At present Yellow Gums are still flowering quite well, especially where veteran trees are concerned. This is a providing a vital source of nectar over winter for our local honeyeaters. These White-naped Honeyeaters had just descended to a strategically placed bird bath to drink in between bouts of sipping nectar from the foliage up above.
White-naped Honeyeater, Green Gully, 19th July 2018
Last year a pair of Australian Ravens nested in a large Red Ironbark in our front yard. They are back again this year and have become quite territorial over recent weeks. The bird pictured below was photographed moments after ejecting a Sulphur-crested Cockatoo from the bird bath!
While often dismissed as simply a ‘large black bird’ these images highlight the complexity of their colouration when seen up close. The plumage is an interplay of black, blue and green sheens and the iris features a wonderful powder blue ring. I’ve found this species and also the Little Raven to be very difficult to photograph – they are extremely wary in most situations.
Australian Raven, Wyndham Street Newstead, 18th July 2018
As an aside, the most popular post on Natural Newstead over the years is “Sorry, but we don’t have crows around here”, written on July 7th 2013. It was my response to the oft heard claim about observing a crow, when in fact locally, all of these ‘large black birds’ are most certainly either Little Ravens or Australian Ravens.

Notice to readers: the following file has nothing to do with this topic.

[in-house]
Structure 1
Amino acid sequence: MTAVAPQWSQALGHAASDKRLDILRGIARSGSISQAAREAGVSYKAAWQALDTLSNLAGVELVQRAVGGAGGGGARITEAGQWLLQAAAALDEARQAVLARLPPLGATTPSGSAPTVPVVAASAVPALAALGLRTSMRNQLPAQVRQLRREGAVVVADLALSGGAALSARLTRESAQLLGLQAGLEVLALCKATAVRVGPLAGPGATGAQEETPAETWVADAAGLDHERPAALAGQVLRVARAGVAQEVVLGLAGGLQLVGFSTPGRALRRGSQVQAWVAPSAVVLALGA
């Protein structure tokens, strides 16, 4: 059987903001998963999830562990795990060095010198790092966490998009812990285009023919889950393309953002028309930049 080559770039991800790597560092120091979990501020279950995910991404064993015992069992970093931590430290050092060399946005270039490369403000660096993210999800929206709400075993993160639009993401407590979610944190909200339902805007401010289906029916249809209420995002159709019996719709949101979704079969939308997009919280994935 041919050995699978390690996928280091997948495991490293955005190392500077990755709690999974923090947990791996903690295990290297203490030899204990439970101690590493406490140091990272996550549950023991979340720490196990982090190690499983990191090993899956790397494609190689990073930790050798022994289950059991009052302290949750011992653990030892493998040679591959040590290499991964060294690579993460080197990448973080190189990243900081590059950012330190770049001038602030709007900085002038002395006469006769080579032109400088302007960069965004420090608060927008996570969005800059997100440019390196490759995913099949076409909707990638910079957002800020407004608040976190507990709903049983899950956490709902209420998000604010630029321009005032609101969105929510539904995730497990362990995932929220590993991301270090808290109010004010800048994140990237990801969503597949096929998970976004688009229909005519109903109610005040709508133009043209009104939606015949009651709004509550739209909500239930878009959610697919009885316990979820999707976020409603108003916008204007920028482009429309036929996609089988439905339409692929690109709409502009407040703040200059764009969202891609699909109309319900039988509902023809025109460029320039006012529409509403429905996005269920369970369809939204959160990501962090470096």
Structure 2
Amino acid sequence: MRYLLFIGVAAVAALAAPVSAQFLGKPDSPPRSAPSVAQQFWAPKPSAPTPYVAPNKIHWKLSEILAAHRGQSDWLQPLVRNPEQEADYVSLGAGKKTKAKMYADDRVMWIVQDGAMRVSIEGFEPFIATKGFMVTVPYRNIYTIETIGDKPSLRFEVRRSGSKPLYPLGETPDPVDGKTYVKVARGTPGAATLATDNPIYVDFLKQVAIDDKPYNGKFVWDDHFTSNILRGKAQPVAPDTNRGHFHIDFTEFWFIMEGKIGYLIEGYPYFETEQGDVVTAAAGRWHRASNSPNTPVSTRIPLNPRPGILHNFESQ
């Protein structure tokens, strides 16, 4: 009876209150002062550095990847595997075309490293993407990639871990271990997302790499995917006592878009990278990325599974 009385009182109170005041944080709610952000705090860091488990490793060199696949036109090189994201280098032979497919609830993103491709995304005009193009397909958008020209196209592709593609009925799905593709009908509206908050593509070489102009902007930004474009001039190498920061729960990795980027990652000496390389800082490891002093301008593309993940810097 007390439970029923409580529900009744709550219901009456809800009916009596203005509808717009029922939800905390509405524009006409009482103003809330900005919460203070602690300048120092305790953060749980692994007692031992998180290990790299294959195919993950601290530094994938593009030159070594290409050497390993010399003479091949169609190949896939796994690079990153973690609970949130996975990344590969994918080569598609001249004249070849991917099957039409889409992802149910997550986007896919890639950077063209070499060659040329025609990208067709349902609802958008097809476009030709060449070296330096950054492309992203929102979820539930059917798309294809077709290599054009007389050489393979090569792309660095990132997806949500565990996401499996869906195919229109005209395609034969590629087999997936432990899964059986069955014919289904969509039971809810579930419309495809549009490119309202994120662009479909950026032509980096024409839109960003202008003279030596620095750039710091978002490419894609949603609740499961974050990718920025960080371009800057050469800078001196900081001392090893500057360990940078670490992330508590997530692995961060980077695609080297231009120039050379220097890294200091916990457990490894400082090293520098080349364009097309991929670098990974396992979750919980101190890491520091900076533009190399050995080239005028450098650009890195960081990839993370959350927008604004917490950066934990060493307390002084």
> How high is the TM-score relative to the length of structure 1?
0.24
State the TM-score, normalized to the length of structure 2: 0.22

What a wild day yesterday … the rain was coming horizontal out of the west at one stage.
Then the wind dropped for an hour late afternoon, allowing a quick jaunt along Cemetery Road.
Grey Fantail, Cemetery Road Newstead, 17th July 2018
Eastern Grey Kangaroos
These images were made last week in a nice patch of bush that I haven’t visited before, an area of public land just to the east of Green Gully. Birds were scarce – Scarlet Robins and Varied Sittellas were the highlight but I suspect there is more to be discovered.
Eastern Grey Kangaroos, Green Gully, 12th July 2018
If there is one bird that epitomises our garden it’s the New Holland Honeyeater.
This noisy, bold and aggressive honeyeater can be found year-round dominating the foliage in search of insects and nectar. I’ve even see it attempt to chase off Red Wattlebirds – no mean feat.
Typical views of this bird will be familiar to readers of the blog … this set of images capture some different perspectives.
New Holland Honeyeater, Newstead, 12th July 2018
While female and immature Flame Robins are not nearly as striking as the male, they are gorgeous birds nonetheless. This series of portraits were gathered late this afternoon near the Newstead Cemetery.
Female (or possibly an immature) Flame Robin, Newstead Cemetery, 12th July 2018
Adult male Flame Robin
I was fascinated by the behaviour of these Red-rumped Parrots last week at Cairn Curran.
These images include two separate flocks that I observed whirling in seemingly haphazard circuits, followed by brief ‘touchdowns’, and then another burst of erratic flight.
Then a White-bellied Sea-eagle appeared from behind the River Red-gums along the high water mark. Puzzle solved!
Red-rumped Parrots, Cairn Curran, 3rd July 2018